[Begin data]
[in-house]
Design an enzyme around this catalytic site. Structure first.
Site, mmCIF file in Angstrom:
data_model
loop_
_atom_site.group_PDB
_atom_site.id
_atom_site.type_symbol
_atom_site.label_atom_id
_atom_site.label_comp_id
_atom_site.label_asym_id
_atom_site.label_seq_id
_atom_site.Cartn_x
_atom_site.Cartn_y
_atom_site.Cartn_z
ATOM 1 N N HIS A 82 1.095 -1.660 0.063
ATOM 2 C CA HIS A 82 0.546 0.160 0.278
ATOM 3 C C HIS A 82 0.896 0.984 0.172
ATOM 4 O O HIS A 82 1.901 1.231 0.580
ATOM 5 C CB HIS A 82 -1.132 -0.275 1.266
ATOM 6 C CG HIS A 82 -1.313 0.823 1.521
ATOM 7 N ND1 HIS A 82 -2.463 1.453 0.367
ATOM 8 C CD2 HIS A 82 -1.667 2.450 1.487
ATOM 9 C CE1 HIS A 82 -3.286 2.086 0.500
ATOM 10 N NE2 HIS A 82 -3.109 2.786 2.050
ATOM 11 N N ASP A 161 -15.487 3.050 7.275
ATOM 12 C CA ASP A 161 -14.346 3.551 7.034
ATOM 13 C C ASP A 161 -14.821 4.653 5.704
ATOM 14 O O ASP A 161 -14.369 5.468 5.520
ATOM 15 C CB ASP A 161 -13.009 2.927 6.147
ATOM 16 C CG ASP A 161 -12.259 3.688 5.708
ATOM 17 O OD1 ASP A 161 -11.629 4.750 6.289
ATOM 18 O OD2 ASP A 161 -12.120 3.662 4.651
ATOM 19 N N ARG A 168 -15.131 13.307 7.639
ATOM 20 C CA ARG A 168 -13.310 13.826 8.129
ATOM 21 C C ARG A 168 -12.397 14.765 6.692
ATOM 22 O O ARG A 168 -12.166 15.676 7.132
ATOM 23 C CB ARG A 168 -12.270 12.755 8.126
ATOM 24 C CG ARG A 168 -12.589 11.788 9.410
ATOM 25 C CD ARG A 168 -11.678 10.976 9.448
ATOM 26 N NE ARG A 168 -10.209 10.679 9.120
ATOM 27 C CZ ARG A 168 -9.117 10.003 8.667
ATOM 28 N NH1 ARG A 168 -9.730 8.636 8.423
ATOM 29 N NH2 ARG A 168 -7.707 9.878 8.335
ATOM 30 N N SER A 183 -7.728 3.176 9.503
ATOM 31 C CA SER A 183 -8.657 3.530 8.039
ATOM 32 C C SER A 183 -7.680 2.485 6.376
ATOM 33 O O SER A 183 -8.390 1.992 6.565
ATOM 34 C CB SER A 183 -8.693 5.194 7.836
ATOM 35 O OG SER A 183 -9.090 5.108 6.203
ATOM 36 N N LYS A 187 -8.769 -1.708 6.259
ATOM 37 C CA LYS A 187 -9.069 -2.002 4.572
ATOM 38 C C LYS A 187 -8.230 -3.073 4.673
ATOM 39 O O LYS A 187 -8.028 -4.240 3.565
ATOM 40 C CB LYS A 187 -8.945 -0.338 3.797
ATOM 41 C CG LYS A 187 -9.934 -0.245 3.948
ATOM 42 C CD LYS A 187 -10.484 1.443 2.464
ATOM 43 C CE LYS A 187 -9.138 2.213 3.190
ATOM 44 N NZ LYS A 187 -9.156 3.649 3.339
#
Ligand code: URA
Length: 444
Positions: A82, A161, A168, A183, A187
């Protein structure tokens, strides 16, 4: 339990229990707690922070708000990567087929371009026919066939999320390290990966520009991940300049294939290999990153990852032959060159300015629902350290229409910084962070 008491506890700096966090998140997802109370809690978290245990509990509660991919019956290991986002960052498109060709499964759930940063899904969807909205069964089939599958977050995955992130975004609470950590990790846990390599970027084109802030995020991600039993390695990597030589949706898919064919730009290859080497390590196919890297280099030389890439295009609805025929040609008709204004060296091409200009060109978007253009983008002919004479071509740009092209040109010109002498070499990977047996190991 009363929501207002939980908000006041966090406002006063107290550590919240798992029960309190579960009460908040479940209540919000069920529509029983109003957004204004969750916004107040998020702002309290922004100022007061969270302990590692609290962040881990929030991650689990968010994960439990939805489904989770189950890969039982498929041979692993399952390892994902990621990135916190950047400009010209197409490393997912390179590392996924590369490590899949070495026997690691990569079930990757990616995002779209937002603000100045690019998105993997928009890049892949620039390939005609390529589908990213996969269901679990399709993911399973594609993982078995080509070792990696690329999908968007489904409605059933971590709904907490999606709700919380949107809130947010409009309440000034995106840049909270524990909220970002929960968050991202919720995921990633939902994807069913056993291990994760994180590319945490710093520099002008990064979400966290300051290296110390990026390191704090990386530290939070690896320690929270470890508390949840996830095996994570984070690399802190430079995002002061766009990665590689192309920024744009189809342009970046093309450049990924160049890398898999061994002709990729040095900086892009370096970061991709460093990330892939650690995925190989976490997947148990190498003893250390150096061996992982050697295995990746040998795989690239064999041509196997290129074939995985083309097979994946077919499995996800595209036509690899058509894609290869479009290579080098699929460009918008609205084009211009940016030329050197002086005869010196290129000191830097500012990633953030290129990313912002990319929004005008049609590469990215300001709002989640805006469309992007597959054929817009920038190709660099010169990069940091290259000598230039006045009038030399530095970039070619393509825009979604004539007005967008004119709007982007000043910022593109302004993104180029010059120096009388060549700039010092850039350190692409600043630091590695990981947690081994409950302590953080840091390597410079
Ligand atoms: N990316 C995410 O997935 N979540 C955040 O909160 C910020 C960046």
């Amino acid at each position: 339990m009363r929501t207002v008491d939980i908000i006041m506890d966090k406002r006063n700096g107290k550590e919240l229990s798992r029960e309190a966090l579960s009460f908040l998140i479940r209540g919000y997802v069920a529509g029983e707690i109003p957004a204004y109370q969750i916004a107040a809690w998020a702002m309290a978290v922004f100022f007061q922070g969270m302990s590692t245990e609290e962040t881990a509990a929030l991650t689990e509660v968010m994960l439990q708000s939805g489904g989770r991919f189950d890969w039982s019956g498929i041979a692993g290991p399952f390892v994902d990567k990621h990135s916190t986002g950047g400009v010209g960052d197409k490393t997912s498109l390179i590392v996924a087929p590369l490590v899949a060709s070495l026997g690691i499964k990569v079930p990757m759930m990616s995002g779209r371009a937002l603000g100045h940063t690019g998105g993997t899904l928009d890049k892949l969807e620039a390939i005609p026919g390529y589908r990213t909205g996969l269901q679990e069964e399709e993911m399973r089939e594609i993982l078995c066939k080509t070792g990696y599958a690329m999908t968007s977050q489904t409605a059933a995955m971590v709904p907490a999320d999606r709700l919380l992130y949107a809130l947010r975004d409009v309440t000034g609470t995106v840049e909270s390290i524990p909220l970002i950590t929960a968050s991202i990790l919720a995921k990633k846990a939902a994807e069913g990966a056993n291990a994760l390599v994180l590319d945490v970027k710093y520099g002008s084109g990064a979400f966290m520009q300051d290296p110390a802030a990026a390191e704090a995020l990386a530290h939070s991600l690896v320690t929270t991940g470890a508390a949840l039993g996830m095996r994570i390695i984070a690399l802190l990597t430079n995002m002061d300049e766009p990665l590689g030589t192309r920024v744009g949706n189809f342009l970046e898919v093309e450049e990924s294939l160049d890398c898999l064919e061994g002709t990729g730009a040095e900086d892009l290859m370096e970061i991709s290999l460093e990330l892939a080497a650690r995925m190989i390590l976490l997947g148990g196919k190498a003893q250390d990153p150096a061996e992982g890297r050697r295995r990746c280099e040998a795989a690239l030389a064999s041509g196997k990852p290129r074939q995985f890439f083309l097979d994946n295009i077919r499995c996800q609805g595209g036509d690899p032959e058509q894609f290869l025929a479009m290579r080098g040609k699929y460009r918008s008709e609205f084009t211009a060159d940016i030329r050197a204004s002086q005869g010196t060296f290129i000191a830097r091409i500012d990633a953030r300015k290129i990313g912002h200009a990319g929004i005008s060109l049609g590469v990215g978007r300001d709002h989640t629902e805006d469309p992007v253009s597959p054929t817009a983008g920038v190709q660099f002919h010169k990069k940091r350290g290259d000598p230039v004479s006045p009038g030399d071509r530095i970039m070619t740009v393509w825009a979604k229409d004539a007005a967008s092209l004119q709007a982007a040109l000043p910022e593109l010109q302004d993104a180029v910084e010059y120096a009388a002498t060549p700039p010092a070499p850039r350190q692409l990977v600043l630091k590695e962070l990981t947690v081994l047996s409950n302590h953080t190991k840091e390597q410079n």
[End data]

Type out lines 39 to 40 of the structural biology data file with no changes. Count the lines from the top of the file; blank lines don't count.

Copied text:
ATOM 24 C CG ARG A 168 -12.589 11.788 9.410
ATOM 25 C CD ARG A 168 -11.678 10.976 9.448